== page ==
You are here
The year of Europe?
‘1973,’ declared Henry Kissinger in late April of that year, ‘is the year of Europe’—a time, he insisted, for the allies to join in ‘a fresh act of creation … equal to that undertaken by the postwar generation of leaders of Europe and America.’ Now, in 2008, we are on the eve of a new era that awaits the decisions that will define Europe and its relations with the United States after the departure of George W. Bush, Europe’s least-liked postwar US president, and take us beyond the war in Iraq, one of the most divisive issues in Euro-Atlantic relations ever. In this, the thirty-fifth year of “the year of Europe,” the time has come for the states of Europe and their union to respond to this long-standing call.
The moment is propitious, and it is one that a new generation of European leaders cannot afford to spurn. First, on the whole, these national leaders are political pragmatists who can relate to each other, and also appear ready to work with the United States – including in France, the traditional focus of transatlantic estrangement. Second, with the constitutional debate settled at last, the EU can return to debating what it must do, as compared to discoursing over what it is or should become. That will be the point of what may be the last two six-month presidencies of the EU, assumed by Slovenia and especially France: much of what will follow in 2009 will depend on what is achieved during the year ahead.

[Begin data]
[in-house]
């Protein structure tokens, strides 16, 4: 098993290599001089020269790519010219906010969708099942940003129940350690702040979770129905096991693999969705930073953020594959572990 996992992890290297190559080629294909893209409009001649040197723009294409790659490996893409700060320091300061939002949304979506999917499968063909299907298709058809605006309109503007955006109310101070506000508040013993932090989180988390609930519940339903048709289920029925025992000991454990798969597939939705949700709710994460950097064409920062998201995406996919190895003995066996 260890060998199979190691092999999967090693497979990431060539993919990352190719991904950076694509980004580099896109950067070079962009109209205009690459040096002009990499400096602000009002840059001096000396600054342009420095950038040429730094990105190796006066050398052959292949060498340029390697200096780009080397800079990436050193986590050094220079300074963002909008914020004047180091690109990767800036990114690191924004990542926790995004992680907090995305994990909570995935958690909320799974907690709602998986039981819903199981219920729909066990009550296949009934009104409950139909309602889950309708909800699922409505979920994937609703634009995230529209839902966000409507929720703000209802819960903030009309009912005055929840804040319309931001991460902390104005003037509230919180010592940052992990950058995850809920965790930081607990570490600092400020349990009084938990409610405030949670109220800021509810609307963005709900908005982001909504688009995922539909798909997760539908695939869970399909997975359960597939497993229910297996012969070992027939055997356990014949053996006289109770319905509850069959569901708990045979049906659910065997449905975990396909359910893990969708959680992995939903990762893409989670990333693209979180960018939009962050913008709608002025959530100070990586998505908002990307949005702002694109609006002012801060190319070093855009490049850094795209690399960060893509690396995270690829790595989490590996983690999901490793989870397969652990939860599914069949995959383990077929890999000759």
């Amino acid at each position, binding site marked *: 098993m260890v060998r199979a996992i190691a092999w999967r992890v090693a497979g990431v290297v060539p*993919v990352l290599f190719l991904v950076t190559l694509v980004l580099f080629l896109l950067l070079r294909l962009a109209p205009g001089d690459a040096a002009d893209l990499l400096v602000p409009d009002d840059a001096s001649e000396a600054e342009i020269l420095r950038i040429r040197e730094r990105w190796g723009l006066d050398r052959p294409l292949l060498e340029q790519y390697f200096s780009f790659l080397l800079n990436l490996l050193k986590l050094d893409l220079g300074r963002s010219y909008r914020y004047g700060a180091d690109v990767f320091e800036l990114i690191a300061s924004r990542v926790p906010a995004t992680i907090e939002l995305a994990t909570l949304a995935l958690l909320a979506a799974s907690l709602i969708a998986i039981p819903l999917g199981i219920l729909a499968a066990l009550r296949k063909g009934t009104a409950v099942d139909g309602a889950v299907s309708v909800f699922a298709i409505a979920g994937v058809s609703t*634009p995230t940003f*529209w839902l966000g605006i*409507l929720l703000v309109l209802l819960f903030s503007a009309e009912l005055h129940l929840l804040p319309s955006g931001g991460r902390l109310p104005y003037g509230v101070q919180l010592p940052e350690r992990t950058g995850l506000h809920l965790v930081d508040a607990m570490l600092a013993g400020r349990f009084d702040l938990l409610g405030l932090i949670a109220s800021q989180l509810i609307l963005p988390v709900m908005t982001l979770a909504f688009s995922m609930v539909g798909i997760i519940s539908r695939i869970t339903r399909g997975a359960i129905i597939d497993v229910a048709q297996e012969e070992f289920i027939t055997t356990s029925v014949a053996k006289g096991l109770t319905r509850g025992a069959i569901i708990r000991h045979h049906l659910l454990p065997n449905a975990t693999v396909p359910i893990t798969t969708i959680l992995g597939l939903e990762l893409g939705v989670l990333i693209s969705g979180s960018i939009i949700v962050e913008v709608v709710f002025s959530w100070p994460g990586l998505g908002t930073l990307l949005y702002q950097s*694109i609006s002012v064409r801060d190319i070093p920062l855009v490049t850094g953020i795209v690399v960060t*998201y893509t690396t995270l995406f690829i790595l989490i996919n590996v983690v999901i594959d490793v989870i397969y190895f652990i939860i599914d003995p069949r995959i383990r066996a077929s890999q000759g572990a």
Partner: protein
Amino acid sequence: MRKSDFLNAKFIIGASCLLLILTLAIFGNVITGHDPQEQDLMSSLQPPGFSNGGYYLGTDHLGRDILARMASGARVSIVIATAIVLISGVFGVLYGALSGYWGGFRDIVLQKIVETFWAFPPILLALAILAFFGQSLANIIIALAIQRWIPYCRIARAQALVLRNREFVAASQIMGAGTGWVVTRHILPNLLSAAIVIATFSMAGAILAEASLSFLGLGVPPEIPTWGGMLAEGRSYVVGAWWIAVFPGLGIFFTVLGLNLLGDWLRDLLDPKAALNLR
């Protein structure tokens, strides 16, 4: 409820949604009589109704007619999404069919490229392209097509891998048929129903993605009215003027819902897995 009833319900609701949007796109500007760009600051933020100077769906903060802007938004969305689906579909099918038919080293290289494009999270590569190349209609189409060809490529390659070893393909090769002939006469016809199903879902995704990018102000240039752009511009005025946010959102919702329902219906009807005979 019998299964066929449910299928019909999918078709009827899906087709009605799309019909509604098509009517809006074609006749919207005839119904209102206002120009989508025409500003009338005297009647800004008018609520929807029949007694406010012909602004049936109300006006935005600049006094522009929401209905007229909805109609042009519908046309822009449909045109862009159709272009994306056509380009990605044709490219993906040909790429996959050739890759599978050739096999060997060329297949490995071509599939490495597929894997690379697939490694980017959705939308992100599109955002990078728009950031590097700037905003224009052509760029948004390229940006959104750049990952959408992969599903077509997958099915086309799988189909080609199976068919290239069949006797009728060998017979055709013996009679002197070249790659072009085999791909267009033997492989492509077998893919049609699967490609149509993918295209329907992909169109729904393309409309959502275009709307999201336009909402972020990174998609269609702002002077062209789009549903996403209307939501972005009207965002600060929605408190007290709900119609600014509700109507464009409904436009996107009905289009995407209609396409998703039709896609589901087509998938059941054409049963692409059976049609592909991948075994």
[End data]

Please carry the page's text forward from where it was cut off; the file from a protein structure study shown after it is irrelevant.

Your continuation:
For Europe to sit passively while America proceeds with a presidential contest that is already doing a great deal to restore the nation’s image in the world would be a profound mistake. Now is the time to be heard, and to create a climate that confirms the US’s new appreciation of its allies across the Atlantic as countries that may be not only willing to follow but also able to lead. Given this year’s known schedule, four such initiatives stand out in terms of US (and EU) interests, EU (and US) capabilities, and US-EU and even EU-NATO feasibility.